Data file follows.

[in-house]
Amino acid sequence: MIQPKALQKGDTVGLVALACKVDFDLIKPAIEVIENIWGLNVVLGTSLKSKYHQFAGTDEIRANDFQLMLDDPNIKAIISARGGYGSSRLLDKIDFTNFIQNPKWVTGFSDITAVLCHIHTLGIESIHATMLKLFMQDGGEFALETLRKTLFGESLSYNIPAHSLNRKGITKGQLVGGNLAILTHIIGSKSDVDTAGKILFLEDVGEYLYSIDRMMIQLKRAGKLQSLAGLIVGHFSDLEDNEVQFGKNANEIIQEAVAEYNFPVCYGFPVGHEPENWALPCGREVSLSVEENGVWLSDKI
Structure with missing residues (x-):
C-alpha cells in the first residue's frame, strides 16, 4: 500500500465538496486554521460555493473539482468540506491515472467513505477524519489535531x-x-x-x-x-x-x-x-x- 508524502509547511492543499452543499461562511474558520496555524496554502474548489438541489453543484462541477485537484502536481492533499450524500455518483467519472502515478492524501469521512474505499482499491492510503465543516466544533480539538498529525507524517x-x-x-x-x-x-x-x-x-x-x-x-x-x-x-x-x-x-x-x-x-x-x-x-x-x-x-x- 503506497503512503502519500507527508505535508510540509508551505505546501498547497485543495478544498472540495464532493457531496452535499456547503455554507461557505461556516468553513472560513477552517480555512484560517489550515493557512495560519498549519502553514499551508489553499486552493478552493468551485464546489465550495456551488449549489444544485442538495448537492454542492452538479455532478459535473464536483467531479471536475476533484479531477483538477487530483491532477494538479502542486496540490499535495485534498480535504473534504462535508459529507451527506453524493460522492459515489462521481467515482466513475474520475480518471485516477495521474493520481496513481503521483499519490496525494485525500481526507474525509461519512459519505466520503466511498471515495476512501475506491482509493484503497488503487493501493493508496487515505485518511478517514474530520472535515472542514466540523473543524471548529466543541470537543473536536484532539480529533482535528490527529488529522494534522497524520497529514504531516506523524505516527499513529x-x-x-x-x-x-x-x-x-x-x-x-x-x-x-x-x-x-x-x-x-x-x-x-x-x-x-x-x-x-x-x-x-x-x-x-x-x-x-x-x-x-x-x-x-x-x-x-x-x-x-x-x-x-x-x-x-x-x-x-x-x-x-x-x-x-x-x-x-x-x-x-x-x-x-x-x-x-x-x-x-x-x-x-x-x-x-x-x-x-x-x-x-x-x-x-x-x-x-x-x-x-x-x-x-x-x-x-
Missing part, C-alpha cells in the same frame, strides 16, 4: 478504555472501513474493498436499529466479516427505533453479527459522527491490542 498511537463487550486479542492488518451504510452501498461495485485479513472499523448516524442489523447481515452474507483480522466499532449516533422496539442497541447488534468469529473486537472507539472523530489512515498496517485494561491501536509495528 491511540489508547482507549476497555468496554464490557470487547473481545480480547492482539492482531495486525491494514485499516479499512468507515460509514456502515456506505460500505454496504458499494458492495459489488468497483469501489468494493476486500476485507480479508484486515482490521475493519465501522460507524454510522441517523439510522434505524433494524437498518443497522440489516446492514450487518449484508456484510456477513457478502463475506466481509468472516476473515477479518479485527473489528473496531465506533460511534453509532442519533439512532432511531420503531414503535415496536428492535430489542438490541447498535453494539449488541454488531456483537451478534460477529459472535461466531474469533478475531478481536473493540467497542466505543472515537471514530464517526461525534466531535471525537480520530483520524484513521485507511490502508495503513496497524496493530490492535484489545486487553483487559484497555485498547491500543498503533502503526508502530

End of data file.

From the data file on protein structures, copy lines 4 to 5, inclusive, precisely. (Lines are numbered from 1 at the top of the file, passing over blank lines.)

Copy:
C-alpha cells in the first residue's frame, strides 16, 4: 500500500465538496486554521460555493473539482468540506491515472467513505477524519489535531x-x-x-x-x-x-x-x-x- 508524502509547511492543499452543499461562511474558520496555524496554502474548489438541489453543484462541477485537484502536481492533499450524500455518483467519472502515478492524501469521512474505499482499491492510503465543516466544533480539538498529525507524517x-x-x-x-x-x-x-x-x-x-x-x-x-x-x-x-x-x-x-x-x-x-x-x-x-x-x-x- 503506497503512503502519500507527508505535508510540509508551505505546501498547497485543495478544498472540495464532493457531496452535499456547503455554507461557505461556516468553513472560513477552517480555512484560517489550515493557512495560519498549519502553514499551508489553499486552493478552493468551485464546489465550495456551488449549489444544485442538495448537492454542492452538479455532478459535473464536483467531479471536475476533484479531477483538477487530483491532477494538479502542486496540490499535495485534498480535504473534504462535508459529507451527506453524493460522492459515489462521481467515482466513475474520475480518471485516477495521474493520481496513481503521483499519490496525494485525500481526507474525509461519512459519505466520503466511498471515495476512501475506491482509493484503497488503487493501493493508496487515505485518511478517514474530520472535515472542514466540523473543524471548529466543541470537543473536536484532539480529533482535528490527529488529522494534522497524520497529514504531516506523524505516527499513529x-x-x-x-x-x-x-x-x-x-x-x-x-x-x-x-x-x-x-x-x-x-x-x-x-x-x-x-x-x-x-x-x-x-x-x-x-x-x-x-x-x-x-x-x-x-x-x-x-x-x-x-x-x-x-x-x-x-x-x-x-x-x-x-x-x-x-x-x-x-x-x-x-x-x-x-x-x-x-x-x-x-x-x-x-x-x-x-x-x-x-x-x-x-x-x-x-x-x-x-x-x-x-x-x-x-x-x-
Missing part, C-alpha cells in the same frame, strides 16, 4: 478504555472501513474493498436499529466479516427505533453479527459522527491490542 498511537463487550486479542492488518451504510452501498461495485485479513472499523448516524442489523447481515452474507483480522466499532449516533422496539442497541447488534468469529473486537472507539472523530489512515498496517485494561491501536509495528 491511540489508547482507549476497555468496554464490557470487547473481545480480547492482539492482531495486525491494514485499516479499512468507515460509514456502515456506505460500505454496504458499494458492495459489488468497483469501489468494493476486500476485507480479508484486515482490521475493519465501522460507524454510522441517523439510522434505524433494524437498518443497522440489516446492514450487518449484508456484510456477513457478502463475506466481509468472516476473515477479518479485527473489528473496531465506533460511534453509532442519533439512532432511531420503531414503535415496536428492535430489542438490541447498535453494539449488541454488531456483537451478534460477529459472535461466531474469533478475531478481536473493540467497542466505543472515537471514530464517526461525534466531535471525537480520530483520524484513521485507511490502508495503513496497524496493530490492535484489545486487553483487559484497555485498547491500543498503533502503526508502530